exam 3 - 1 Impoverished women in Bom Jesus say that an ideal family has three children yet most poor women undergo somewhere between nine and twelve

exam 3 - 1 Impoverished women in Bom Jesus say that an...

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1. Impoverished women in Bom Jesus say that an ideal family has three children, yet most poor women undergo somewhere between nine and twelve pregnancies to rear four to six living children. A question that comes to our minds, as to Nancy Scheper-Hughes’s mind, is —why do these women have so many children? Why, indeed? Many of us are a product of our environment and the women of Bom Jesus were no different. In order to understand why these women had so many children, you have to look at the cultural, economic, and religious aspects of their lives. First of all, Brazil is a country where 85% of the population considers itself to be Catholic (Scherper-Hughes 1989: 330). Catholic “morality” guided their reproductive choices. This meant that women had a duty to “cooperate with God and nature”. In other words, it was a woman’s duty to procreate (Scherper-Hughes 1989: 337). Thus, most women did not receive a hysterectomy or sterilization (Scherper-Hughes 1989: 231). When asked for such services, doctors ridiculed the patient and often sent them home (Scherper-Hughes 1989: 207). From an economic standpoint, these services were expensive and beyond the reach of a woman who couldn’t afford to feed herself or her children (Scherper-Hughes 1989: 336-337). Birth control, which could be another option, was a cultural taboo. Although it was effective, and many women did have at least one experience with it, birth control was considered dangerous. Much of the population was under the impression that birth control pill would cause cancer, swelling, headaches, nausea, and extreme nervousness (Scherper-Hughes 1989: 333). Condoms, the simplest and cheapest form of birth control, were only worn by men when frequenting a prostitute. While diaphragms were not known or available in stores (Scherper-Hughes 1989: 333). Still, there were other methods available to women. The older women of Alto had many different herbal teas, baths, washes, and infusions that would effect a women’s period so that it would be late and could theoretically induce an abortion (Scherper-Hughes 1989: 334). However, many women chose not to take these herbal remedies as they were known to be dangerous (Scherper-Hughes 1989: 335). Sex on the other hand, was readily available.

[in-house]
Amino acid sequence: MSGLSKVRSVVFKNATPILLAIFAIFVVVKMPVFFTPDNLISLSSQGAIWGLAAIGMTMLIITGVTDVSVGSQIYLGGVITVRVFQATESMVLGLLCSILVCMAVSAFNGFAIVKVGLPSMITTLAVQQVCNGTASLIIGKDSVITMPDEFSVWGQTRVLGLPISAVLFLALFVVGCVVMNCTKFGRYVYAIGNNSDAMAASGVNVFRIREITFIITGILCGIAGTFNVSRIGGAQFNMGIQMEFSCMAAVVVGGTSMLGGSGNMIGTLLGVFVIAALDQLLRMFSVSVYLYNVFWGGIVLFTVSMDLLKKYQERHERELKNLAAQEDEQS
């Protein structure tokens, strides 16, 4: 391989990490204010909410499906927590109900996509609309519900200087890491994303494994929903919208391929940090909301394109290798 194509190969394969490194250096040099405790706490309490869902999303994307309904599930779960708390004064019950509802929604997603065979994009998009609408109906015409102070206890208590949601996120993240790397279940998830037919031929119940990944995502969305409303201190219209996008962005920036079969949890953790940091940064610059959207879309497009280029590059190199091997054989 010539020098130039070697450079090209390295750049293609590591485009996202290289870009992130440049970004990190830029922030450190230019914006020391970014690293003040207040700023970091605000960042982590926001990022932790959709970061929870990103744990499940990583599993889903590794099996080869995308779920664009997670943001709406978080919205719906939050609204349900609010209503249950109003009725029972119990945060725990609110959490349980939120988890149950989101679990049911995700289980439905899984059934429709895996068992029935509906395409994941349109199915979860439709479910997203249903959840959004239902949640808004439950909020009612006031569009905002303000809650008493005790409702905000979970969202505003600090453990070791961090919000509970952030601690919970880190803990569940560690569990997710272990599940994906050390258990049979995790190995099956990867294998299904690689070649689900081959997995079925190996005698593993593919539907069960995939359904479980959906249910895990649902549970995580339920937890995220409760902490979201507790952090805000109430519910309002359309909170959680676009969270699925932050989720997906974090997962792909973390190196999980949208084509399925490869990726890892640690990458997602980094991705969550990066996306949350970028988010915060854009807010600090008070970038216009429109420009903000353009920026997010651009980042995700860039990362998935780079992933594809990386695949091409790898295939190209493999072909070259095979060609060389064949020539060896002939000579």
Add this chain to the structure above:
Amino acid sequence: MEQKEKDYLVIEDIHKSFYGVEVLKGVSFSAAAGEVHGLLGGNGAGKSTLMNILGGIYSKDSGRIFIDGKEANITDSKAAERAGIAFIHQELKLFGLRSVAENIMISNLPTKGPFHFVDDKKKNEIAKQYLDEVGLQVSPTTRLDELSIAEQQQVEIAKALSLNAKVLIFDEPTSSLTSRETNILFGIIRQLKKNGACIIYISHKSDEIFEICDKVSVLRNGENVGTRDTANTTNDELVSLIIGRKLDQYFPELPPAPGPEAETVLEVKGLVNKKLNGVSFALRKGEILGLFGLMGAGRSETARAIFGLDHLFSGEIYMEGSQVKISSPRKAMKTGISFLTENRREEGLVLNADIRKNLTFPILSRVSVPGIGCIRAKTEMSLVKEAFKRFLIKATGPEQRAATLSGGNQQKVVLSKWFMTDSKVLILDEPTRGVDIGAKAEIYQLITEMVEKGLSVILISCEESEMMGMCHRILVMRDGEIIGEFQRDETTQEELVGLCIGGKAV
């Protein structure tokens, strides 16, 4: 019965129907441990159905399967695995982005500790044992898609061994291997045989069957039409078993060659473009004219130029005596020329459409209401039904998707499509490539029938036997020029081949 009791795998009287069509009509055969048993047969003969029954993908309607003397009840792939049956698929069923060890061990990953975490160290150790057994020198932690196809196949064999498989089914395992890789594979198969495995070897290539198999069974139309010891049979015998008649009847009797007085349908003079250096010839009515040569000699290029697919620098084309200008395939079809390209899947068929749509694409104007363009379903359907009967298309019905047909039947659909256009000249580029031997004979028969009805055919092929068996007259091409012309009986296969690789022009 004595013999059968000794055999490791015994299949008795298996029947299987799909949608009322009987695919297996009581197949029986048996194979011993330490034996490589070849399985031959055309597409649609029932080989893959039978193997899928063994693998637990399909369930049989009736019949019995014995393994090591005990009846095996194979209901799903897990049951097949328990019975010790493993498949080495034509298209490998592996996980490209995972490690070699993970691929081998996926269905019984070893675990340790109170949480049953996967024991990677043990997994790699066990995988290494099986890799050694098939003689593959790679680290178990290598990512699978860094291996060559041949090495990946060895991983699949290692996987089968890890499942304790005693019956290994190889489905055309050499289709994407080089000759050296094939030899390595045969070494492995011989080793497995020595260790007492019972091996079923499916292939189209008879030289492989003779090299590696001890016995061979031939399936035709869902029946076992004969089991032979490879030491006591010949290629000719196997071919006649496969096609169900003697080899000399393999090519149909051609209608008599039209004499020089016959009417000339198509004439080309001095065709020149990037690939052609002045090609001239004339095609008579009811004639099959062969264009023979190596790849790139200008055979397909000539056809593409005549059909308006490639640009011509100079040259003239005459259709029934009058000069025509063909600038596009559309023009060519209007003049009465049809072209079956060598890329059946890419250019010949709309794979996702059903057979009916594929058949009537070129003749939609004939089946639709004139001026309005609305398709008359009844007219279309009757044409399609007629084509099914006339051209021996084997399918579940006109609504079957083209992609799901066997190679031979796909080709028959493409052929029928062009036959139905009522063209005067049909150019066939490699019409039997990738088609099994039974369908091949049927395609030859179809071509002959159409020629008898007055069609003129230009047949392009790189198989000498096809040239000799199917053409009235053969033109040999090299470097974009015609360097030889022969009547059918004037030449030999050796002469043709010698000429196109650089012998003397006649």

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  • Spring '14
  • Alto, Nancy Scheper-Hughes

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